Diversity-driven coalition in Minnesota looks to expand solar power access

Minnesota map outline

Amber Naqvi, being passionate about solar energy, installed a rooftop solar array on his home in Eagan, Minn., in 2017. Since then, Naqvi has been thrilled to see huge growth throughout the industry in Minnesota and nationally. However, this expansion didn’t go far enough.   

“I noticed that many communities with arrays on their homes were not only white but usually the more affluent,” explains Naqvi, who decided to do something about it. Working with Minnesota Interfaith Power and Light (MNIPL), Naqvi created a unique program to make solar available to small businesses and nonprofits in historically underserved areas of Minneapolis. Naqvi and MNIPL have assisted twelve clients to receive City of Minneapolis Green Cost Share incentives. Six of those clients will have completed solar arrays this year, and expected to double that number in 2022. 

“Programs that pair investors with clients for solar are not uncommon,” said Buff Grace, MNIPL’s Solar Director.  “But this program is unique in focusing on small clients that most investors skip over. You have to have a justice-minded partner like Mr. Naqvi to make these happen.” 

Working with MN350’s green new deal team, MNIPL found clients able to benefit. At no cost they receive a rooftop solar array and a 5% discount on their  Xcel electric bill. After 10 years, the clients become the owner of the array and receive its full electrical production.  

Liberty Community Church of North Minneapolis saw the potential benefit immediately, and signed up for two arrays, one on each of its campus locations. Liberty Community Church is An African American congregation with a focus on healing trauma through community. The church was eager to see their solar array not only used as an energy source but also as an educational tool and opportunity for further community growth and healing.

“We are grateful for this gift and meaningful investment in our community,” Rev. Dr. Ralph Galloway said. “As people of color of African descent, we have always treasured the earth; our cultural practices celebrate and activate sustainable practices. This collaboration is a beautiful testament to the power of community.”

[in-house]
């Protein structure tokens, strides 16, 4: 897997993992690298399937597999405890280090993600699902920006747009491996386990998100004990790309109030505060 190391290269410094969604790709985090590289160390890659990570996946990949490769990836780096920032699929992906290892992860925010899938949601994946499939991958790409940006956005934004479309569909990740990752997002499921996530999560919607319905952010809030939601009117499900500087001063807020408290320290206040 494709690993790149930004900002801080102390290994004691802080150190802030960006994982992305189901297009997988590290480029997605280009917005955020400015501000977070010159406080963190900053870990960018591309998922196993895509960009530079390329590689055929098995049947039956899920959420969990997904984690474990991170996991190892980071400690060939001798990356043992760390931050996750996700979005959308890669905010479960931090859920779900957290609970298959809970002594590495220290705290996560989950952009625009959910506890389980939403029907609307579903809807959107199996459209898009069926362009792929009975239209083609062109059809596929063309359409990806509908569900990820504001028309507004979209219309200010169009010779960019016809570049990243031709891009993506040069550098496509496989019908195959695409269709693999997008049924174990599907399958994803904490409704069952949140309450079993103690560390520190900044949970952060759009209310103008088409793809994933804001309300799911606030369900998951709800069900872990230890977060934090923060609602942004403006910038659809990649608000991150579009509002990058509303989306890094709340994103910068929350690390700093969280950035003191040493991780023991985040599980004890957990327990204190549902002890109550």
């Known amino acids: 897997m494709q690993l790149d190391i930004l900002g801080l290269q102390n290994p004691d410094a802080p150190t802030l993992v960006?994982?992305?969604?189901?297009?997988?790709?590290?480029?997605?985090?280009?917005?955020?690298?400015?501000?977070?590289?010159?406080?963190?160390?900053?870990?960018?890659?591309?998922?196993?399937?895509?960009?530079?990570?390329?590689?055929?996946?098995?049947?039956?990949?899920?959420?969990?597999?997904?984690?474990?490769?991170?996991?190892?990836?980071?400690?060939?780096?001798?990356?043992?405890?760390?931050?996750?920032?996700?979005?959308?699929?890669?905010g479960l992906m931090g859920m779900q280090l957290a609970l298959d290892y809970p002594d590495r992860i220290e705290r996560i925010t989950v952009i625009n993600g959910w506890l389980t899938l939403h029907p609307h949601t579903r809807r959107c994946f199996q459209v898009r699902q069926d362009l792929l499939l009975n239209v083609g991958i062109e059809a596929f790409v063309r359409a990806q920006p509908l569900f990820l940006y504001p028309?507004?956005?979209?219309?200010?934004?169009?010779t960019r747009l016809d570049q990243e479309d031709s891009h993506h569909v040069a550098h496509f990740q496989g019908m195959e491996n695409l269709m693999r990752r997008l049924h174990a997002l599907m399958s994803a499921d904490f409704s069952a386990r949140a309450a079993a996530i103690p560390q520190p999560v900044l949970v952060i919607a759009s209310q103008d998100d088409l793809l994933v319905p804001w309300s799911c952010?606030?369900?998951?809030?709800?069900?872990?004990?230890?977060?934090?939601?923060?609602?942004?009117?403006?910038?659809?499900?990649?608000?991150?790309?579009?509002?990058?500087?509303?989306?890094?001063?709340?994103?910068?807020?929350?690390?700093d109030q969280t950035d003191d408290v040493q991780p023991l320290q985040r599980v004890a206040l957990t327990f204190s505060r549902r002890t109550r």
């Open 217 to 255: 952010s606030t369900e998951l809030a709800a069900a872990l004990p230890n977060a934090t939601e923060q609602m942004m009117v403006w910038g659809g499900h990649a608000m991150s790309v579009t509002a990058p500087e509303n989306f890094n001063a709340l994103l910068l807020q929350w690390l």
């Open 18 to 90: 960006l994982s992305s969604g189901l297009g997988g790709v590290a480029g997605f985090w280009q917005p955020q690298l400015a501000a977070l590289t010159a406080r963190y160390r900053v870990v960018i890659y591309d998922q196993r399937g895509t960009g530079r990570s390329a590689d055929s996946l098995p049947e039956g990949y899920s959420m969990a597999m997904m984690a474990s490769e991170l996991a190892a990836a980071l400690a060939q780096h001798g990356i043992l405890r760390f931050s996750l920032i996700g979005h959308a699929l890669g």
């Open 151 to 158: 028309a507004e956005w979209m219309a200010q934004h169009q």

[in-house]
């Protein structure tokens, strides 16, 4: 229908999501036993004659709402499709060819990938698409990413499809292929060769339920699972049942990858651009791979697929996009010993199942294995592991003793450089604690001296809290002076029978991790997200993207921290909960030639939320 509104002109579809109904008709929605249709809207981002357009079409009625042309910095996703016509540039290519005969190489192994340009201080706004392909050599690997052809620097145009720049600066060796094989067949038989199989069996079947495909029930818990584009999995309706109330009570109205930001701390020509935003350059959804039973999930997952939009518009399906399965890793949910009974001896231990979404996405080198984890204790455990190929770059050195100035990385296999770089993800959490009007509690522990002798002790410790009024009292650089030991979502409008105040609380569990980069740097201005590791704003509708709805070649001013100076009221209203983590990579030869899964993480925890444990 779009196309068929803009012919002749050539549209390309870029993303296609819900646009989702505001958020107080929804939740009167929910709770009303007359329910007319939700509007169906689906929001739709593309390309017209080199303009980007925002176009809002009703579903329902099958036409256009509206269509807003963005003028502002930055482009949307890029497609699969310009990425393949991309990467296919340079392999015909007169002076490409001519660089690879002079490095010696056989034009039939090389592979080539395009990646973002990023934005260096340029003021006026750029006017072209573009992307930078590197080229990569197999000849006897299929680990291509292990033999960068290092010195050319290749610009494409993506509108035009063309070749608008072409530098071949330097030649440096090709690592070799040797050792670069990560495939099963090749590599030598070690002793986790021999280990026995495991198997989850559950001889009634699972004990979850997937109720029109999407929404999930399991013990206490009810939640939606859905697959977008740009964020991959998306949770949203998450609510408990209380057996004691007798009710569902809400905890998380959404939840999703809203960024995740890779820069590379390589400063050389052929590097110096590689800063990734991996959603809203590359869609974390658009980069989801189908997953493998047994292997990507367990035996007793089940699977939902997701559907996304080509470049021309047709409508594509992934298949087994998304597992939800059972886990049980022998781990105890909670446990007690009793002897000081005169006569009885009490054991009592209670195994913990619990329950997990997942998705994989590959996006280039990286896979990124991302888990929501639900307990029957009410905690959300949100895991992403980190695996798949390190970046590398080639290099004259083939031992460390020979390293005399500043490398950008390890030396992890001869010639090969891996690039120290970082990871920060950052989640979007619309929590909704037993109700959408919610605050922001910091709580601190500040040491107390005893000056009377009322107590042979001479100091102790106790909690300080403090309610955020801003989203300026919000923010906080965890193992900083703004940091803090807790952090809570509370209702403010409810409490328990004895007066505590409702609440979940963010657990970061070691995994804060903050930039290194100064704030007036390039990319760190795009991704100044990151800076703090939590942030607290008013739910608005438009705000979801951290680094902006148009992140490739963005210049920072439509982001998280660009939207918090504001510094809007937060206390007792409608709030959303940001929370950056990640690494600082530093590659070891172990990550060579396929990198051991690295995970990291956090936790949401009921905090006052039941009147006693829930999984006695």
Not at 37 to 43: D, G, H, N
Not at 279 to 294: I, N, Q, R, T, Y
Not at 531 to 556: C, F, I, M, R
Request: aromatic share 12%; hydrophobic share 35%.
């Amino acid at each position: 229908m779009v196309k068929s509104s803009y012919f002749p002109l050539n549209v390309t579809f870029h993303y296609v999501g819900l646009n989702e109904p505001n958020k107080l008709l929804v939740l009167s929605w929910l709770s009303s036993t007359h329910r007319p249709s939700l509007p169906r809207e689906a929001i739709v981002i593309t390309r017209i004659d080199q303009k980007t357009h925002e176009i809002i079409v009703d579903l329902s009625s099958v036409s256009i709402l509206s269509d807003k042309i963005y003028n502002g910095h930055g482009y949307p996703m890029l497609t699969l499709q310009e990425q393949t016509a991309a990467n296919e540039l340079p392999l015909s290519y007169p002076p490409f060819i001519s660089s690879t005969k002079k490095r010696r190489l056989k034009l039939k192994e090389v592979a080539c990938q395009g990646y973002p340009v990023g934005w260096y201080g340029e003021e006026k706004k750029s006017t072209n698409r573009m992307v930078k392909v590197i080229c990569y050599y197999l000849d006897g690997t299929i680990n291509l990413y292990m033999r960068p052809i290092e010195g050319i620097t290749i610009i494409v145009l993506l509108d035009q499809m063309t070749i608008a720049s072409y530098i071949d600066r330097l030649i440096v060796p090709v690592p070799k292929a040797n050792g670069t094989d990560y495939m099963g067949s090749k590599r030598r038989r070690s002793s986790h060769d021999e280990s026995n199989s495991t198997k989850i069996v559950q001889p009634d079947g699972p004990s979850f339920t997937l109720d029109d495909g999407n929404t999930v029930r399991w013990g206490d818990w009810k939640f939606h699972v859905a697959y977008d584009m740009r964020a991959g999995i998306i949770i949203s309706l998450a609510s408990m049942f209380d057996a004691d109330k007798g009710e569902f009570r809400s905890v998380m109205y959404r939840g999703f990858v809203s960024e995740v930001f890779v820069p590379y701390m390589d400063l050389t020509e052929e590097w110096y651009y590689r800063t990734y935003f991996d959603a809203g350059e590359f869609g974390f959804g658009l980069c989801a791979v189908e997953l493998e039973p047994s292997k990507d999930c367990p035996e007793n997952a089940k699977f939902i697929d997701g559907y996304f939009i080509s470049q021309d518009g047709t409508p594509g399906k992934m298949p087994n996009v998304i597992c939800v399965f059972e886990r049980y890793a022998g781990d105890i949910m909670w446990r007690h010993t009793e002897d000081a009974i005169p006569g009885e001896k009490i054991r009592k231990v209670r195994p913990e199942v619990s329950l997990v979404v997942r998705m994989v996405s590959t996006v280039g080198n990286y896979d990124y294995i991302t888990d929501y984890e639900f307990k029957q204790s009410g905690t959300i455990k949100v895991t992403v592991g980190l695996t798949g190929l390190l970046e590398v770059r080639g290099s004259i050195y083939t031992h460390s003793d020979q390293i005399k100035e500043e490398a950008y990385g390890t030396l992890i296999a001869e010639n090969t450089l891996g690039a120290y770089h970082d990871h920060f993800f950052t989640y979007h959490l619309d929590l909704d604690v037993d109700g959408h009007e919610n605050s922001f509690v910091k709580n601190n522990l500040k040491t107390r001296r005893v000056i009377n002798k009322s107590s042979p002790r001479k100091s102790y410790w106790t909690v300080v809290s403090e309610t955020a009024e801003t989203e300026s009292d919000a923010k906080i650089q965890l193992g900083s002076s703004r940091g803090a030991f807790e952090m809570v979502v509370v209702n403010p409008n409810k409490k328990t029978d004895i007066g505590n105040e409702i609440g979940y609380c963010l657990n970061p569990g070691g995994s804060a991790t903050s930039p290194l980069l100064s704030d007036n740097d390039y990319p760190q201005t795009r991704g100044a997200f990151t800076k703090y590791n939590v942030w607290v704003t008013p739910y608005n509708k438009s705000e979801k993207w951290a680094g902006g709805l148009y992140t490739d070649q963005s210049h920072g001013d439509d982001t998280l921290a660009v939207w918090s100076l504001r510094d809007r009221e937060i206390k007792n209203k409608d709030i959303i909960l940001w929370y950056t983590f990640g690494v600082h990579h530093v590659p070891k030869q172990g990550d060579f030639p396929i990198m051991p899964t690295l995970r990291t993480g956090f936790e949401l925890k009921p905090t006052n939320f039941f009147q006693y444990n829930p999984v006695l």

In addition to the arrays on Liberty Community Church’s two locations in North Minneapolis, Lake Street Solar also completed installations at CTUL; Thee House UV Beth-El Church; Lundstrom Center for the Performing Arts and Woodland Stoves. 

“Installing solar panels on these organizations will lower energy costs, allow for businesses to focus their financial resources elsewhere, and after ten years would turn into an asset they own for the rest of the panel’s lifecycle – roughly 20 years,” Naqvi said. “Solar has been seen as a privilege reserved for affluent communities when it should be looked at as a tool to provide a more equitable and just future for everyone.” 

“Solar energy is crucial to the world ending fossil fuels and averting climate disaster,” said Grace, “but it is equally critical that we transform unjust economic and social structures that have been unfair to BIPOC communities.  We can do both together, and this program proves that.”   

Naqvi also wants to see more diversity and inclusion within the solar industry itself which is why he partnered with Go Solar, one of Minnesota’s only solar installation and construction companies run by a person of color, Joaquin “JT” Thomas. “Not only was it critical to me to see different populations benefiting from solar but I also wanted to put my money where my mouth was and ensure that at every opportunity I was investing in communities of color,” Naqvi said.

Liberty Community Church, with MNIPL and Naqvi, are planning a larger public event in the spring to continue the conversation around the benefits of solar within their community and share more information on the project’s success. 

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